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How fast could you do 20 full-distance races? Rait Ratasepp sets new record despite getting hit by a car

Prior to accident Estonian was averaging under 11 hours per race

Photo by: Jakob Meier

Earlier this year we reported on Estonia’s Rait Ratasepp, who is looking to set a new world record by doing 60-consecutive full-distance races.  As opposed to James Lawrence (the Iron Cowboy), who completed 101 days of full-distance triathlons earlier this year, Ratasepp is completing his efforts without drafting, isn’t using IVs to help stay hydrated, and is doing his events at an amazing pace.

Photo: Jakob Meier

Despite the fact that he’s completing all his efforts on Fuerteventura, one of the Canary Islands, which is renowned for its tough, windy terrain, Ratasepp has set an amazing pace for all each effort, which includes a 3.8 km swim in the 50 m pool at the Playitas Resort, a 180 km bike that includes 1,810 m of climbing and a 42.2 km run course that has 300 m of climbing.

Through the first 13 days of his challenge Ratasepp was blazing an incredible pace, averaging 10:51:16 for each of his full-distance days. Then, on day 14, disaster struck and the Estonian was hit by a car. His bike was destroyed and he was injured, but was able to complete the day’s effort in 14:20:09. His team and sponsors jumped into action to try and get his bike replaced, but it took six days for his sponsor, Hawaii Express, to build another bike and get it from Estonia to Fuerteventura. Riding a rental bike from the Playitas Resort, Ratasepp was able to keep going, but lost valuable time each day on the bike and also found himself struggling on the runs because of the different bike position.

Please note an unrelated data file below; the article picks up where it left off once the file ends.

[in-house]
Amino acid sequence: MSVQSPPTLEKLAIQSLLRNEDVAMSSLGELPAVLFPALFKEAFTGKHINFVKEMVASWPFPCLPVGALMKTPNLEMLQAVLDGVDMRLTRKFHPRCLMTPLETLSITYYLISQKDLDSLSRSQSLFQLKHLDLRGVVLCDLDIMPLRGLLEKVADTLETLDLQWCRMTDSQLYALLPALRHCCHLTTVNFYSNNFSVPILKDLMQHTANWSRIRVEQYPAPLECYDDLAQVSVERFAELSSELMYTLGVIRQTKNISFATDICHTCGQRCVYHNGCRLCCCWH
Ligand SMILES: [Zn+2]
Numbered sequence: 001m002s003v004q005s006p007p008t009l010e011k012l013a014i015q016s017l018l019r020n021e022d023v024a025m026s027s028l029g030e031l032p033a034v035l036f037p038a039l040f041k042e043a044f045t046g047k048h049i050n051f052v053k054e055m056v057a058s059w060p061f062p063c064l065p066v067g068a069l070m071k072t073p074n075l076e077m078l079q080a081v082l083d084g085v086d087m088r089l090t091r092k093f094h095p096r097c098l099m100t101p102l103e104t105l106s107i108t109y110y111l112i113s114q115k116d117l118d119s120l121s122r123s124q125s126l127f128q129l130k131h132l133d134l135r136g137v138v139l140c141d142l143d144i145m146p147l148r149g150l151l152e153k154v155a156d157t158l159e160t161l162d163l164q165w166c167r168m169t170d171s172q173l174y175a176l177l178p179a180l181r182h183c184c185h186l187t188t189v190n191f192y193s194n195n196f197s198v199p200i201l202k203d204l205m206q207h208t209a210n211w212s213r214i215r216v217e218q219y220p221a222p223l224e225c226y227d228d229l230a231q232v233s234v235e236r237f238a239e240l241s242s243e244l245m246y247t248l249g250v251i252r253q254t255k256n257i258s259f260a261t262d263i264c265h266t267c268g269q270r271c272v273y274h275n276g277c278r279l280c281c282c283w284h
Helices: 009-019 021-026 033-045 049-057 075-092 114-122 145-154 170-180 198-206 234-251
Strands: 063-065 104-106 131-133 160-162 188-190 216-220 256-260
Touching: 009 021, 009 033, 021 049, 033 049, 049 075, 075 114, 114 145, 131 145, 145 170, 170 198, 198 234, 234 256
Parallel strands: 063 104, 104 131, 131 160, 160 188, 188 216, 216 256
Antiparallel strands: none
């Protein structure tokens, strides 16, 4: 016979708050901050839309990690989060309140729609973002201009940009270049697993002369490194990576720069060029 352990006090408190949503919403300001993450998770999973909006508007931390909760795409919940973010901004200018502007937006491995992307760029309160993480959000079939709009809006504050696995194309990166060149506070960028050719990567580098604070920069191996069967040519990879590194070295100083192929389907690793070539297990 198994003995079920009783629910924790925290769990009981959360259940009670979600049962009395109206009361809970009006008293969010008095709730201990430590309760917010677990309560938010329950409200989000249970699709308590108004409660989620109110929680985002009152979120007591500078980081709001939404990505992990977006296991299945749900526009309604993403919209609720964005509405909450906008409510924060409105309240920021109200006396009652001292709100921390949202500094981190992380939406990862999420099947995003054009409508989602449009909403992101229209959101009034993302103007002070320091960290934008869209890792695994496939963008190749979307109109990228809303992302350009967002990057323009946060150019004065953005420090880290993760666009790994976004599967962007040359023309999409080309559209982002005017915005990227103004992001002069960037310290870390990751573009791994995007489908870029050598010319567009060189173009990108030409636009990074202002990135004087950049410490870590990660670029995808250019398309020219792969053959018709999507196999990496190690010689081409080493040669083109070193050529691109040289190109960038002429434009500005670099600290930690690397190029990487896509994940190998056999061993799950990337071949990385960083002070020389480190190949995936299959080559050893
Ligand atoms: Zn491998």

Despite all those challenges Ratasepp set a new record for 20-consecutive full-distance races, going four-minutes faster than he did in 2019. He now holds the three fastest times ever for 20 full-distance efforts – 225: 28: 08 (2021), 225: 32: 41 (2019) and 238: 52: 34 (2018). The accident definitely slowed him down, though – before that he was six hours ahead of record pace and had hoped to break the record by 10 hours.

Photo: Jakob Meier

The new bike definitely made a difference, though – the first day he was on the new bike Ratasepp went under six hours for the 180 km bike leg and ran his fastest marathon so far – a 3:09:11.

Here’s a list of his overall times for the first 22 days of the challenge:

  • Day 1: 10:34:12
  • Day 2: 10:43:25
  • Day 3: 10:55:46
  • Day 4: 11:19:02
  • Day  5: 11:25:34
  • Day 6: 11:04:17
  • Day 7: 10:50:37
  • Day 8: 10:44:55
  • Day 9: 10:39:18
  • Day 10: 10:49:57
  • Day 11: 10:30:51
  • Day 12: 10:42:23
  • Day 13: 10:46:13
  • Day 14: 14:20:09
  • Day 15: 11:56:12
  • Day 16: 12:24:59
  • Day 17: 11:28:37
  • Day 18: 11:24:10
  • Day 19: 11:25:57
  • Day 20: 11:21:34
  • Day 21: 11:14:24
  • Day 22: 10:47:11

You can follow Ratasepp’s progress on his website.